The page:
New York's Upside-Down Holiday
David Earle, Stephanie Fike, and Michael Galkoski
History of the Feast
Halloween, an upside-down freak festival or a night of majestical power? A modern
anti-festival associated with devils, demons, ghosts, and ghouls; or a mystical link to a
Celtic past; or a Catholic Holiday?
It is probably that the modern Halloween (a word we first meet in the
17th Century) originated from an ancient Celtic harvest holiday called Samhain,
meaning Summer's End. This festival is also known as Hallowanas, All
Hallows Eve, All Saints Eve, Festival of the Dead, and
the Third Festival of Harvest. This holiday of Samhain is closely associated with
witches, and is celebrated by modern wiccans today.
Samhain was the Celtic New Year, in which the celebrating could not begin until
sundown. Samhain was also known as the The Feast of the Living
Dead, because it was believed that the dead would come back to life, eat and
celebrate with the living. These two facts explain the reasoning for why Halloween is
celebrated at night and why costumes of dead and other horrifying things are worn.
But Halloween is also connected to the celebration of the Catholic feast of All Saints' Day. This holiday
celebrated on the first of November is the honouring of all the saints, known and unknown.
All Saints Day grew from very small roots. In the beginning, every saint was given a
special dayon which to be honoured. However, this soon became problematic as the number of
saints grew to be too many. In the late fourth century, the church selected a day to
honour only martyrs and St. John the Baptist. As time went on, others were gradually added
and the celebration took place the Friday a week before Easter. In 609, Pope Boniface IV
ordered an anniversary to celebrate the martyrs and Blessed Virgin after he consecrated
the Pantheon in Rome to them. This ignited an idea for Gregory III and in 800, a chapel in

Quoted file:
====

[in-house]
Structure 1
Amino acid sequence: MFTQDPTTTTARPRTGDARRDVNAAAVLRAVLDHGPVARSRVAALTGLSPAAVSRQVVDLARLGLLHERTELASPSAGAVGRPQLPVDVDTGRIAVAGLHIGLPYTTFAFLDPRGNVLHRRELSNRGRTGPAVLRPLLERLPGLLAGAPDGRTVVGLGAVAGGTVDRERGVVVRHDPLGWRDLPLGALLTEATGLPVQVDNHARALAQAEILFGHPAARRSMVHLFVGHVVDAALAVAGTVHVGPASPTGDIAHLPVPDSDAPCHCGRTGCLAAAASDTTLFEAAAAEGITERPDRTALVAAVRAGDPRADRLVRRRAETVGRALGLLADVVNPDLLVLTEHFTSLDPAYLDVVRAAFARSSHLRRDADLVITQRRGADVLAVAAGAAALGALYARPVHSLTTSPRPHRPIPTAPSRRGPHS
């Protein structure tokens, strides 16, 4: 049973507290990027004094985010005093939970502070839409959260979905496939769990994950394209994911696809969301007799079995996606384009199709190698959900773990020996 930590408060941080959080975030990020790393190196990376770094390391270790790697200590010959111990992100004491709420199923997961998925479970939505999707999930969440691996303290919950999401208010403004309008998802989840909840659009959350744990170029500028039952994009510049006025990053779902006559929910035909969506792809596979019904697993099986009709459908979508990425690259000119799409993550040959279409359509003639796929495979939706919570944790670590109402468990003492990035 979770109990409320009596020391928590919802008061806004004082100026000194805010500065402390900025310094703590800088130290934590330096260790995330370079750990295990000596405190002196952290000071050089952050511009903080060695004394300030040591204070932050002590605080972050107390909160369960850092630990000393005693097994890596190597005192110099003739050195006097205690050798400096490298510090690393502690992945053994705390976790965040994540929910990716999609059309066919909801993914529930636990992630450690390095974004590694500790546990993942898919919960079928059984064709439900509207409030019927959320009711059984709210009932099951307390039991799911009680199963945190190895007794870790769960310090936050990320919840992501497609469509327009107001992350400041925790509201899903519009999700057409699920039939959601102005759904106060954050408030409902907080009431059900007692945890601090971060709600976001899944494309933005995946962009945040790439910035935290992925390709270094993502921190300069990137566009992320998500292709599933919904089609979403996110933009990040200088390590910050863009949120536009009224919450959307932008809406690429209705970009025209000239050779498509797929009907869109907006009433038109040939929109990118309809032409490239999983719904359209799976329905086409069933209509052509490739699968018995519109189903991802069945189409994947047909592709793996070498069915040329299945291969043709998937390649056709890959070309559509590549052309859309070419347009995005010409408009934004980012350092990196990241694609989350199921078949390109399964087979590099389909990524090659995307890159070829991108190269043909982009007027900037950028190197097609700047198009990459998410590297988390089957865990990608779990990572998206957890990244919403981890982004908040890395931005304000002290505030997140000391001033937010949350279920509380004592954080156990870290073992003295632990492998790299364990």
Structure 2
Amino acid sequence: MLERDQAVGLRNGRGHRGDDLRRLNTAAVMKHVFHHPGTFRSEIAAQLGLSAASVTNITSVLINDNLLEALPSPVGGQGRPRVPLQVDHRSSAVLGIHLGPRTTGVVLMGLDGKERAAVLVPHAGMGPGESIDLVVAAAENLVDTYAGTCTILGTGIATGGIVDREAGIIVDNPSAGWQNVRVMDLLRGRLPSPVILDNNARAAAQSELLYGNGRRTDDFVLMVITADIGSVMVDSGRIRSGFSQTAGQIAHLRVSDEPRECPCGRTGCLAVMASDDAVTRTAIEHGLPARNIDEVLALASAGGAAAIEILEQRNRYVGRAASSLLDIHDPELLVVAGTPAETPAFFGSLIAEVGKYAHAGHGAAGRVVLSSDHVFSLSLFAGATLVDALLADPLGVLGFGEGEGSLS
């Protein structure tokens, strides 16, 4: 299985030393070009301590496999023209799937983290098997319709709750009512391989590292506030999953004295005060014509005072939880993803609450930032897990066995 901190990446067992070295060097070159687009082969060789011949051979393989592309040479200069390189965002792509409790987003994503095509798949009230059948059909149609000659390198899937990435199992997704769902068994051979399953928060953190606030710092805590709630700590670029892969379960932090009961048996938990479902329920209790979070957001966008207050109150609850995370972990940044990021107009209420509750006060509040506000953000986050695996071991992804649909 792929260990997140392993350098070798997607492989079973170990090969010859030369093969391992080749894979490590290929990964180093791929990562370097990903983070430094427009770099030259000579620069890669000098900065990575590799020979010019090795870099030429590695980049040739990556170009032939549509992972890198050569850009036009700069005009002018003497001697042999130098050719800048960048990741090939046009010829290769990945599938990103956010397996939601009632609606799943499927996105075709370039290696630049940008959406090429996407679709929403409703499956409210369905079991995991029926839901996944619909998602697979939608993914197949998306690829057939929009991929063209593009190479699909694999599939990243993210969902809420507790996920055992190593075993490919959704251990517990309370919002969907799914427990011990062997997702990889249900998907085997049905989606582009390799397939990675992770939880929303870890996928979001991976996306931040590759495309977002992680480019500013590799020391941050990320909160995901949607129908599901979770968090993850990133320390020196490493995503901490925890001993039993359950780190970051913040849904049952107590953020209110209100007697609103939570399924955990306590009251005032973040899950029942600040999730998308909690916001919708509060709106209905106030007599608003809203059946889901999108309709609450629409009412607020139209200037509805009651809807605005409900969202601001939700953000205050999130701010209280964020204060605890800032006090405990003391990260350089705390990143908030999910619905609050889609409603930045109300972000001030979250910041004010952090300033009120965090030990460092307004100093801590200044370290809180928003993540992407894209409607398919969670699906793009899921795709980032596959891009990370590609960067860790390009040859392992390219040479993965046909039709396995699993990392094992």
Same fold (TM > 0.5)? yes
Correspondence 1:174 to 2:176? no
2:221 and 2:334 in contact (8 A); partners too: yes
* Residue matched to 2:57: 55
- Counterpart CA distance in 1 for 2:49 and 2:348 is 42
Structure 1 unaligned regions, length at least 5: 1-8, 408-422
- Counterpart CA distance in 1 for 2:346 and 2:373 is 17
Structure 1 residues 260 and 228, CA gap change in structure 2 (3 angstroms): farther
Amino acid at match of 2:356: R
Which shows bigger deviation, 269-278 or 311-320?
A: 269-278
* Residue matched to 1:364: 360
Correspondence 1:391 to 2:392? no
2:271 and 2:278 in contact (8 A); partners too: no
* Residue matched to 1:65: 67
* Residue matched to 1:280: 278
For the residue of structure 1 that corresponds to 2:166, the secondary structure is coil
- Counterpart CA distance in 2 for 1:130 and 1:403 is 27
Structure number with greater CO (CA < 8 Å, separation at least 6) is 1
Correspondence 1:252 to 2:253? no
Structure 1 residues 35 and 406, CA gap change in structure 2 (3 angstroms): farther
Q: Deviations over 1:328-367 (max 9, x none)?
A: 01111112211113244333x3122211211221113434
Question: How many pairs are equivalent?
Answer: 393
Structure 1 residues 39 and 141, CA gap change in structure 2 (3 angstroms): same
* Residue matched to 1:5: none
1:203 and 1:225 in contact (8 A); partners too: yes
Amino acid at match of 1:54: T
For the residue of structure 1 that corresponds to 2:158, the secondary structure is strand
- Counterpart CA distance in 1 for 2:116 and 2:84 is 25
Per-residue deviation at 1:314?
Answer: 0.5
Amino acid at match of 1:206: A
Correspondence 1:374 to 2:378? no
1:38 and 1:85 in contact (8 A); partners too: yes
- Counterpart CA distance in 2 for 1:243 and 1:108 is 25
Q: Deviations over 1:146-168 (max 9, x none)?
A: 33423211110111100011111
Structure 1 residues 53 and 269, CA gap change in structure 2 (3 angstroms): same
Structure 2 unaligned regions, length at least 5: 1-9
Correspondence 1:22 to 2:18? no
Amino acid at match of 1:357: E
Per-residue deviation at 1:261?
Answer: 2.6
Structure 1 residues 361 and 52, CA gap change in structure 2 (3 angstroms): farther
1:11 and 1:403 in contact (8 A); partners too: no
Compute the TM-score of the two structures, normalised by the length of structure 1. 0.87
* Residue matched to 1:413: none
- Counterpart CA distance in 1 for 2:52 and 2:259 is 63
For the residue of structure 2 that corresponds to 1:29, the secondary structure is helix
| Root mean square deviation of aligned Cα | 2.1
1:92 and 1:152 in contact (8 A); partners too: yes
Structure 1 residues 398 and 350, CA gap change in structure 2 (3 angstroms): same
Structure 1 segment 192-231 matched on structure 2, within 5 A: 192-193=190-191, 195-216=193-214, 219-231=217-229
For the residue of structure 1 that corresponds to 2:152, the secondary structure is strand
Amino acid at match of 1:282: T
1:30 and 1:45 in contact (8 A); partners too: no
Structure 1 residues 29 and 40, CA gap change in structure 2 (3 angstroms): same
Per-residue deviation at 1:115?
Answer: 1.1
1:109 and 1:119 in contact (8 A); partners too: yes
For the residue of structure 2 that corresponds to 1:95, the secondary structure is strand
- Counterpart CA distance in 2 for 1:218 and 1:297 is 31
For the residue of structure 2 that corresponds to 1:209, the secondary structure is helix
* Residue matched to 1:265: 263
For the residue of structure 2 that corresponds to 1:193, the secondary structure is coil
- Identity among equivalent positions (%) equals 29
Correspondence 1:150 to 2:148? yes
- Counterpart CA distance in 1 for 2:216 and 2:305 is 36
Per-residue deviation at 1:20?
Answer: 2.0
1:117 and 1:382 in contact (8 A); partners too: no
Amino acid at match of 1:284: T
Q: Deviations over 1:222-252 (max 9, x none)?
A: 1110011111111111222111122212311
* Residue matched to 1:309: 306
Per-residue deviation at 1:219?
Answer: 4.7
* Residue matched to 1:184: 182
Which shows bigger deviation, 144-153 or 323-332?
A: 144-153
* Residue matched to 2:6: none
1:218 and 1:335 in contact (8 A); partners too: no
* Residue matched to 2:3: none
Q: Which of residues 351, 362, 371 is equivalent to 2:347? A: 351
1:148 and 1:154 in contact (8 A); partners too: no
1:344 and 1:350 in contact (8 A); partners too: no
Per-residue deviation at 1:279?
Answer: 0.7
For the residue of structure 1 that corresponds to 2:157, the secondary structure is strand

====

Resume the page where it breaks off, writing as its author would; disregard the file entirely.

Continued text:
St. Peters was consecrated to All Saints and the anniversary was set for 1
November. There was still a problem with this, only certain people in the church could
celebrate the holiday until in 837, Gregory IV opened the celebration to the entire
church, maintaining the date of 1 November.
At some stage the Catholic Feast of All Saints got mixed up with older festivals,
including Samhain. Sometimes people like to see this as the survival of "pagan
traditions", but we should remember that as it expanded the Catholic Church
deliberately allowed the incorporation of older rituals. (See Pope St. Gregory I's Letter to Mellitus which encouraged the missionaries to the Anglo-Saxons to allow some leeway for pagan
All the common traditions of today Halloween can be attributed to the ancient Celtic
tradition of Samhain, and it seems to have been brought to the United States in the 1840s
by Irish immigrants. Trick or treating was done by everyone, and
ironically it focused more on the adults than the children. Instead of the children going
from door to door, the adults would go from house to house receiving treats, which was
usually liquor, and they would go caroling along in bands, The fun game of bobbing
for apples was a marriage tradition, in which who ever got the apple would
be married later that year. In Scotland and Ireland, the idea of the Jack-O-lantern was used to protect the house from evil spirits which could harm the family. In
modern Britain, where the festival is much less of an event than in the US, Lanterns are
made with swedes (what Americans call rutabagas) rather than pumpkins.
Halloween in New York Today